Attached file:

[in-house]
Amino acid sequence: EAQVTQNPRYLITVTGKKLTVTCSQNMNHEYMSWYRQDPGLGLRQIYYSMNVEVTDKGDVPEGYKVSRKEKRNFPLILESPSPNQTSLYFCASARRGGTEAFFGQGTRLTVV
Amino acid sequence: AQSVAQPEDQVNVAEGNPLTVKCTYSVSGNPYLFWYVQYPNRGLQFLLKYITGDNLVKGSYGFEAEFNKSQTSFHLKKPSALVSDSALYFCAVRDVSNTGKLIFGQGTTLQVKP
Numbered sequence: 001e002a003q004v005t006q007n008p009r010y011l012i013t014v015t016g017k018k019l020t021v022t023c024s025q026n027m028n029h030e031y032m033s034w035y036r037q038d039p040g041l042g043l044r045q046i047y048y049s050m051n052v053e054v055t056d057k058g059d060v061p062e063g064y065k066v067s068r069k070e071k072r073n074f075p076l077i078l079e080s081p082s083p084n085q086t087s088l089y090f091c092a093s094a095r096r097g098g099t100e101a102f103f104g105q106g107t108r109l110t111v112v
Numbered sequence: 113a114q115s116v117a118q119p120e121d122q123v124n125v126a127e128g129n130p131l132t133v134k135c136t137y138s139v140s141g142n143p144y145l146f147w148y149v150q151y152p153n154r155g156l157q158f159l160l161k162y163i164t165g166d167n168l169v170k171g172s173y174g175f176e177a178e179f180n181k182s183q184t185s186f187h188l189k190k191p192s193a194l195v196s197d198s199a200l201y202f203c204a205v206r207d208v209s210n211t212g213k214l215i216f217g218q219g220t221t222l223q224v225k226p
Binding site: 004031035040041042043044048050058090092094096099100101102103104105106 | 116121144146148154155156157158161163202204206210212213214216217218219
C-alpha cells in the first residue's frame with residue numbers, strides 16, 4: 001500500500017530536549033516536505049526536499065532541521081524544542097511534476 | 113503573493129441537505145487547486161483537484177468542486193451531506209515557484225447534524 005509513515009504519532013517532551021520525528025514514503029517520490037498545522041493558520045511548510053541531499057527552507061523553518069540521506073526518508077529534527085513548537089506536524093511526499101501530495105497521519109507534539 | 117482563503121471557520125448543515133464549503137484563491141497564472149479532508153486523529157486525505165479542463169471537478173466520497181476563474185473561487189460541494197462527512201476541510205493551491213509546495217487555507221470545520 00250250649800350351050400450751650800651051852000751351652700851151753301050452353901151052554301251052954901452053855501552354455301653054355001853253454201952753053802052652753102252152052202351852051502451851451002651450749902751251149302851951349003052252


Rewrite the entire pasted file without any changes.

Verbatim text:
[in-house]
Amino acid sequence: EAQVTQNPRYLITVTGKKLTVTCSQNMNHEYMSWYRQDPGLGLRQIYYSMNVEVTDKGDVPEGYKVSRKEKRNFPLILESPSPNQTSLYFCASARRGGTEAFFGQGTRLTVV
Amino acid sequence: AQSVAQPEDQVNVAEGNPLTVKCTYSVSGNPYLFWYVQYPNRGLQFLLKYITGDNLVKGSYGFEAEFNKSQTSFHLKKPSALVSDSALYFCAVRDVSNTGKLIFGQGTTLQVKP
Numbered sequence: 001e002a003q004v005t006q007n008p009r010y011l012i013t014v015t016g017k018k019l020t021v022t023c024s025q026n027m028n029h030e031y032m033s034w035y036r037q038d039p040g041l042g043l044r045q046i047y048y049s050m051n052v053e054v055t056d057k058g059d060v061p062e063g064y065k066v067s068r069k070e071k072r073n074f075p076l077i078l079e080s081p082s083p084n085q086t087s088l089y090f091c092a093s094a095r096r097g098g099t100e101a102f103f104g105q106g107t108r109l110t111v112v
Numbered sequence: 113a114q115s116v117a118q119p120e121d122q123v124n125v126a127e128g129n130p131l132t133v134k135c136t137y138s139v140s141g142n143p144y145l146f147w148y149v150q151y152p153n154r155g156l157q158f159l160l161k162y163i164t165g166d167n168l169v170k171g172s173y174g175f176e177a178e179f180n181k182s183q184t185s186f187h188l189k190k191p192s193a194l195v196s197d198s199a200l201y202f203c204a205v206r207d208v209s210n211t212g213k214l215i216f217g218q219g220t221t222l223q224v225k226p
Binding site: 004031035040041042043044048050058090092094096099100101102103104105106 | 116121144146148154155156157158161163202204206210212213214216217218219
C-alpha cells in the first residue's frame with residue numbers, strides 16, 4: 001500500500017530536549033516536505049526536499065532541521081524544542097511534476 | 113503573493129441537505145487547486161483537484177468542486193451531506209515557484225447534524 005509513515009504519532013517532551021520525528025514514503029517520490037498545522041493558520045511548510053541531499057527552507061523553518069540521506073526518508077529534527085513548537089506536524093511526499101501530495105497521519109507534539 | 117482563503121471557520125448543515133464549503137484563491141497564472149479532508153486523529157486525505165479542463169471537478173466520497181476563474185473561487189460541494197462527512201476541510205493551491213509546495217487555507221470545520 00250250649800350351050400450751650800651051852000751351652700851151753301050452353901151052554301251052954901452053855501552354455301653054355001853253454201952753053802052652753102252152052202351852051502451851451002651450749902751251149302851951349003052252